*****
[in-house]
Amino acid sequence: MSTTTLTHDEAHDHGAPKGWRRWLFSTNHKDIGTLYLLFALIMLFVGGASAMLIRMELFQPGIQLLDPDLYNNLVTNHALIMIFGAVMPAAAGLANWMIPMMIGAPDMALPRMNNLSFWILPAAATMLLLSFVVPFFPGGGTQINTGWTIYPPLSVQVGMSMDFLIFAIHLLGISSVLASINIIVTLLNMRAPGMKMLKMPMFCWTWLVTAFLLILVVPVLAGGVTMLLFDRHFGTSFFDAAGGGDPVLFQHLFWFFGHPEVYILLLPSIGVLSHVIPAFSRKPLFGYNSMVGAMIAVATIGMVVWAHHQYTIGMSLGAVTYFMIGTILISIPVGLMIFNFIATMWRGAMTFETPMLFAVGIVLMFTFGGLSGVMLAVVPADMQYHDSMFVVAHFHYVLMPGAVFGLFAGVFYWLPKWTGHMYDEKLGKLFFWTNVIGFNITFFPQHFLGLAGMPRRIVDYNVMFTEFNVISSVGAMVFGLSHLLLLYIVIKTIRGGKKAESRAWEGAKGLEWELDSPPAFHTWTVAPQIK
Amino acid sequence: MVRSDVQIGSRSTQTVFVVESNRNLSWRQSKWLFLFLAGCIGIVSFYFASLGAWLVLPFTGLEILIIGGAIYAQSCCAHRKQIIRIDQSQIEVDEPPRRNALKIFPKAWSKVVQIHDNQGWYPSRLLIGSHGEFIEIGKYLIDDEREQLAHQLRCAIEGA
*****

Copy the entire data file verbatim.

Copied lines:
[in-house]
Amino acid sequence: MSTTTLTHDEAHDHGAPKGWRRWLFSTNHKDIGTLYLLFALIMLFVGGASAMLIRMELFQPGIQLLDPDLYNNLVTNHALIMIFGAVMPAAAGLANWMIPMMIGAPDMALPRMNNLSFWILPAAATMLLLSFVVPFFPGGGTQINTGWTIYPPLSVQVGMSMDFLIFAIHLLGISSVLASINIIVTLLNMRAPGMKMLKMPMFCWTWLVTAFLLILVVPVLAGGVTMLLFDRHFGTSFFDAAGGGDPVLFQHLFWFFGHPEVYILLLPSIGVLSHVIPAFSRKPLFGYNSMVGAMIAVATIGMVVWAHHQYTIGMSLGAVTYFMIGTILISIPVGLMIFNFIATMWRGAMTFETPMLFAVGIVLMFTFGGLSGVMLAVVPADMQYHDSMFVVAHFHYVLMPGAVFGLFAGVFYWLPKWTGHMYDEKLGKLFFWTNVIGFNITFFPQHFLGLAGMPRRIVDYNVMFTEFNVISSVGAMVFGLSHLLLLYIVIKTIRGGKKAESRAWEGAKGLEWELDSPPAFHTWTVAPQIK
Amino acid sequence: MVRSDVQIGSRSTQTVFVVESNRNLSWRQSKWLFLFLAGCIGIVSFYFASLGAWLVLPFTGLEILIIGGAIYAQSCCAHRKQIIRIDQSQIEVDEPPRRNALKIFPKAWSKVVQIHDNQGWYPSRLLIGSHGEFIEIGKYLIDDEREQLAHQLRCAIEGA